Keep those questions coming in and keep those wheels rolling on! Send your questions and comments and receive a “free gift” from “The Mobile Lifestyle Advisor”, % Richard Baldwin, 2075 W. Main St. Waynesboro Va. 22980, or email him at firstname.lastname@example.org.
Q. HELP!! I was in an accident and the value the insurance has offered me is very low. So low that I cannot find a replacement van for the money offered. What is the next step. Judy T.--VA
A. Judy, I get several of these calls every winter and the answer is always the same. Have a NMEDA dealer evaluate the modifications on your van and give you a formal quotation both on the replacement value and the current market value of those modifications. This is information that is NOT readily available to the insurance companies and I have found that most adjustors don’t realize the values of modifications on these specialized vans. Fight the system. You will NEVER realize a fair valuation without doing some homework on your own. As I mentioned last month, the system is not built in your favor. If you can convince the insurance company to repair the van you will be money ahead. It will take longer and the insurance allocation for rental vans will not cover the complete time you are without a van. Patients and determination is the name of the game. Don’t settle until you have played all the cards.
As a follow up to the above question, I will also recommend that you demand that your repaired van be inspected by a NMEDA dealer BEFORE you settle with the insurance company. Many times minor body damage leads to problems with specialized switches, kneel motors, low effort steering racks and ramp runners. These hidden damages may not be ready seen by a body shop and may lead to long term issues if not repaired immediately. You surely don’t want to find out you have other problems as a result of the accident after the bills are paid and the van is in your driveway.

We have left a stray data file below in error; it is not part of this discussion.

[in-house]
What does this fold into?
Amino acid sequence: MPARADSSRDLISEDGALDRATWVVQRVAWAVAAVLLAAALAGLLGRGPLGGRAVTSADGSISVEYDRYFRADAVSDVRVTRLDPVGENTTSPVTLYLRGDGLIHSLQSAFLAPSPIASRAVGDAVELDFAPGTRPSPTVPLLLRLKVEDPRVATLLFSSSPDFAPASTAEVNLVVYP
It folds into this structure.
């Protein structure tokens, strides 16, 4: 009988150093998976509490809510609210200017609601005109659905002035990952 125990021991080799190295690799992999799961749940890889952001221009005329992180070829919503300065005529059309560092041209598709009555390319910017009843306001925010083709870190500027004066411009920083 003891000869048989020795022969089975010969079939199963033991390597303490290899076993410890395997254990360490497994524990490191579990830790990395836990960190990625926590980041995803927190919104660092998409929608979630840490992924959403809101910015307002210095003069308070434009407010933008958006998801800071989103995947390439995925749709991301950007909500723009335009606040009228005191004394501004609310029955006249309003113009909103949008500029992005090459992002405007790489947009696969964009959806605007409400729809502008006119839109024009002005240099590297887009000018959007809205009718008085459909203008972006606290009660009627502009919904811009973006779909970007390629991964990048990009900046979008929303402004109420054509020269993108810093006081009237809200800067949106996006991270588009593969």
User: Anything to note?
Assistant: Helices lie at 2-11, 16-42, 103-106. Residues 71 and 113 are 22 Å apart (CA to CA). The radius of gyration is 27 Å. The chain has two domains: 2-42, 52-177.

Q. Most of the older vans and cars for that manner that I have owned will at some point have a “Check Engine” dash light come on. Some I have driven for years with the light on, (it seems to never go off once it is on) with no noticeable issues. I have heard that these "dummy lights” are just the manufacture’s way of getting you into the dealership for expensive service. Yesterday however while driving my van had the “Check Engine” light was flashing on and off. Should I be concerned or let it go like I usually do?? Ed P.--WV
A. You have an unusual circumstance with the flashing “Check Engine” light that I would defiantly have looked at immediately. I am told this flashing light as opposed to the constant on light means that the catalytic converter is being damaged. Now as you know this IS a major expense and much more costly to the long term performance of your van than the standard “vacuum leak” that is so common with this light. Flashing Check Engine means your van is not burning all the fuel being sent to the cylinders thus sending raw gas to the converter and ruining it in short order. Get to a dealer quickly and have the van looked at. It may be an inexpensive fix now but very costly later. Great question Ed!
Need to “up fit” your next car, truck or van for mobility needs?? Want to make sure your mobility equipment will transfer to your next vehicle. Don’t know what style of vehicle to buy. Let the Mobile Lifestyle Advisor help solve your mobility needs. Keep those questions coming in and keep those wheels rolling on! Send your questions and comments to “The Mobile Lifestyle Advisor”, % Richard Baldwin, 2075 W. Main St. Waynesboro Va. 22980, or email him at email@example.com.